Two female hikers rescued after being struck by lightning at Snowdon peak in freak storm

·Freelance Writer
·2-min read
The two women were treated for injuries form a lightning strike at the Snowdon summit, (Llanberis Mountain Rescue Team)
The two women were treated for injuries form a lightning strike at the Snowdon summit, (Llanberis Mountain Rescue Team)

Two women who were struck by lightning on the summit of Snowdon are “very lucky” to be alive, their rescuers have said.

Llanberis Mountain Rescue Team say they were called out by North Wales Police on Wednesday afternoon to assist with the rescue of the pair, who had been struck at the 3,506 foot (1,069 metre) peak of the mountain.

One of the women was “falling in and out of consciousness”, while the other had suffered minor injuries, the team said in a statement.

Both women, who had travelled to the summit in a group of five, were treated for non life-threatening injuries before being moved to a lower slope, where a coastguard helicopter arrived to fly them to a hospital in Bangor, Gwynedd.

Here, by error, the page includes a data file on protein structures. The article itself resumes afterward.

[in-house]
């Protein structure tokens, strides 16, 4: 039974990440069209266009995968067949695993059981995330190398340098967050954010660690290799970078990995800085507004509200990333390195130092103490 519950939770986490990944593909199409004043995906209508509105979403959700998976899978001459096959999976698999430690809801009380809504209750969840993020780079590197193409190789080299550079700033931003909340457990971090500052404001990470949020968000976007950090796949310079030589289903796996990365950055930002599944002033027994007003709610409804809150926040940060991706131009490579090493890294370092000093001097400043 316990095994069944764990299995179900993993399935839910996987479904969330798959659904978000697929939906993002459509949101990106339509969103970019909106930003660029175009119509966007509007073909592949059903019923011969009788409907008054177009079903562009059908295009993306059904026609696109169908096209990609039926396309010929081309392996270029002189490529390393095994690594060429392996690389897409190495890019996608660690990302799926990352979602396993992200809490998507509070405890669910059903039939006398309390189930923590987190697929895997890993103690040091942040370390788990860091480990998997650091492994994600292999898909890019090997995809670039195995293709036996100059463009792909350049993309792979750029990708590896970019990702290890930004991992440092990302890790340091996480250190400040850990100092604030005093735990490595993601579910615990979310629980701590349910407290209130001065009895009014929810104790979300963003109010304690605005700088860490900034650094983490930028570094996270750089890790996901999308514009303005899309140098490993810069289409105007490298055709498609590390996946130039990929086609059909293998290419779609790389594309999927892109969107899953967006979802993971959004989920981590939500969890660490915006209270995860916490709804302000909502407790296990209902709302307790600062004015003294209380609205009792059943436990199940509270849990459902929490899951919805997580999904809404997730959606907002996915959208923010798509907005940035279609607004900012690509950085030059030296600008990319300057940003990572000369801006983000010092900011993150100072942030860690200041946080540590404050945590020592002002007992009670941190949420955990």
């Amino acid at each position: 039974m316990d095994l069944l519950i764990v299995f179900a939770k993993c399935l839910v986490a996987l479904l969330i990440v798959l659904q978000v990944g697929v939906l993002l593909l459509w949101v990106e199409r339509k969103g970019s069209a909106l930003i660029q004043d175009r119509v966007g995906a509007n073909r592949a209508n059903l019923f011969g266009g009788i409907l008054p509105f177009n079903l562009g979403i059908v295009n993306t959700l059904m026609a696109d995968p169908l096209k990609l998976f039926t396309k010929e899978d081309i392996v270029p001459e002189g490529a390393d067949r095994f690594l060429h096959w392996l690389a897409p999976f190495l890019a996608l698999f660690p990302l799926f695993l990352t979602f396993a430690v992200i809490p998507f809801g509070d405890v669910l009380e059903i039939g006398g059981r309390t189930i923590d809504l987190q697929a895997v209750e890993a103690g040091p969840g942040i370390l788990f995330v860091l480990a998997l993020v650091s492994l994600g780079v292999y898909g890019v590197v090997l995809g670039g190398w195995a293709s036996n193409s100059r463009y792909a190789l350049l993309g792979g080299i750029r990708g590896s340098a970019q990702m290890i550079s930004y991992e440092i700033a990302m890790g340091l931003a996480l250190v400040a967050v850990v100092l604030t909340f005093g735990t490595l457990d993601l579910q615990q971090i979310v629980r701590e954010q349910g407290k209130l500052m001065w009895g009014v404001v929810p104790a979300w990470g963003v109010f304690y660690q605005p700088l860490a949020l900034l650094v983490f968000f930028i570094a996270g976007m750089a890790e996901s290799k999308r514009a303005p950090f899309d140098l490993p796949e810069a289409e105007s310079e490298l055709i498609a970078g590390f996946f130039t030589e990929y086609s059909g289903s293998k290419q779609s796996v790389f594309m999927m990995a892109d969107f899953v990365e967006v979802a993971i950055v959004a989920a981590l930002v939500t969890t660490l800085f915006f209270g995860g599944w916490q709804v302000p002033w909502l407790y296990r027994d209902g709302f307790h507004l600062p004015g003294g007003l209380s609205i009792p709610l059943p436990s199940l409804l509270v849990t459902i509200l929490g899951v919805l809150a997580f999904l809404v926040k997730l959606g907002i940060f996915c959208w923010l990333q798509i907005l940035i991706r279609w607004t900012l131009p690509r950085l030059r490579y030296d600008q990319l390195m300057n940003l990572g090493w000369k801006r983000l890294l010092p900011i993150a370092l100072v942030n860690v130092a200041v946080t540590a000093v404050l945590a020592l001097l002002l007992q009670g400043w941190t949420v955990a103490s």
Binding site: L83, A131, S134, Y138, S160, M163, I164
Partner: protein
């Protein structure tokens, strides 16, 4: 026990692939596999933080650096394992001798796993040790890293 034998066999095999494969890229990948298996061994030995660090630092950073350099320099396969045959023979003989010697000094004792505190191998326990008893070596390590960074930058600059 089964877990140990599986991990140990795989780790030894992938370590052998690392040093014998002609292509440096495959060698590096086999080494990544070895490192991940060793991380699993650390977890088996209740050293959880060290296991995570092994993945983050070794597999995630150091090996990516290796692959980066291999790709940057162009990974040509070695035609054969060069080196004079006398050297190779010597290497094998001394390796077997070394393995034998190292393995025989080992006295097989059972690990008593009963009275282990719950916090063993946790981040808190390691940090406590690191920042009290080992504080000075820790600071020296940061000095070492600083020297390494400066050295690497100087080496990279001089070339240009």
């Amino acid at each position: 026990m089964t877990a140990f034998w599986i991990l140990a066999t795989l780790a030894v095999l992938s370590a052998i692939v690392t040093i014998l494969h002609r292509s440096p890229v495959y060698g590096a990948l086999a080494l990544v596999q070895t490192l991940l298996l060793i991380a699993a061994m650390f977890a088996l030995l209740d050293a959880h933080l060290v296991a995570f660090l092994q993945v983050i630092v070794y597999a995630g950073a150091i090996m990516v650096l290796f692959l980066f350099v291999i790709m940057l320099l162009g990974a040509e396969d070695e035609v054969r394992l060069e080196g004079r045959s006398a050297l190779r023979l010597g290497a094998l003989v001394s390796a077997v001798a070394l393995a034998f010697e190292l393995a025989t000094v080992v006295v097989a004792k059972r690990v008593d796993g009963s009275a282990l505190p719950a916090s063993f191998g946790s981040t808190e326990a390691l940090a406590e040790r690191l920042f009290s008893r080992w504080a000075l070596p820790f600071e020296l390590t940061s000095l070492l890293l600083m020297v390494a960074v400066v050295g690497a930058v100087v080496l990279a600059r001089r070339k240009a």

When UK relaxed pandemic lockdown rules in August 2020 it resulted in surge of ''stay-cation holidays''. Hikers awaits in a queue on foggy and misty day for their turn to access the peak of mount Snowdon to take a selfie.
Hikers in a queue for their turn to access the peak of Snowdon. (Getty)

Rescue coordinator Phil Benbow told the BBC that the pair had been “very lucky” and that people should “not be at the top of a mountain when thunder and lightning is about”.

He added: "As a team we didn't hang around on the summit or the ridge going down.”

Benbow said the team had been “very busy” since the easing of COVID restrictions began in June.

He urged anyone planning a trip to mountain tops, exposed ridges and open flat areas should first check if thunderstorms are forecast as those areas are “where lightning is most likely to strike”.

In October last year, a walker fell to his death on Snowdon, on a day where Llanberis Mountain Rescue Team carried out seven rescues.

The victim was the third person to die on the mountain in as many weeks.

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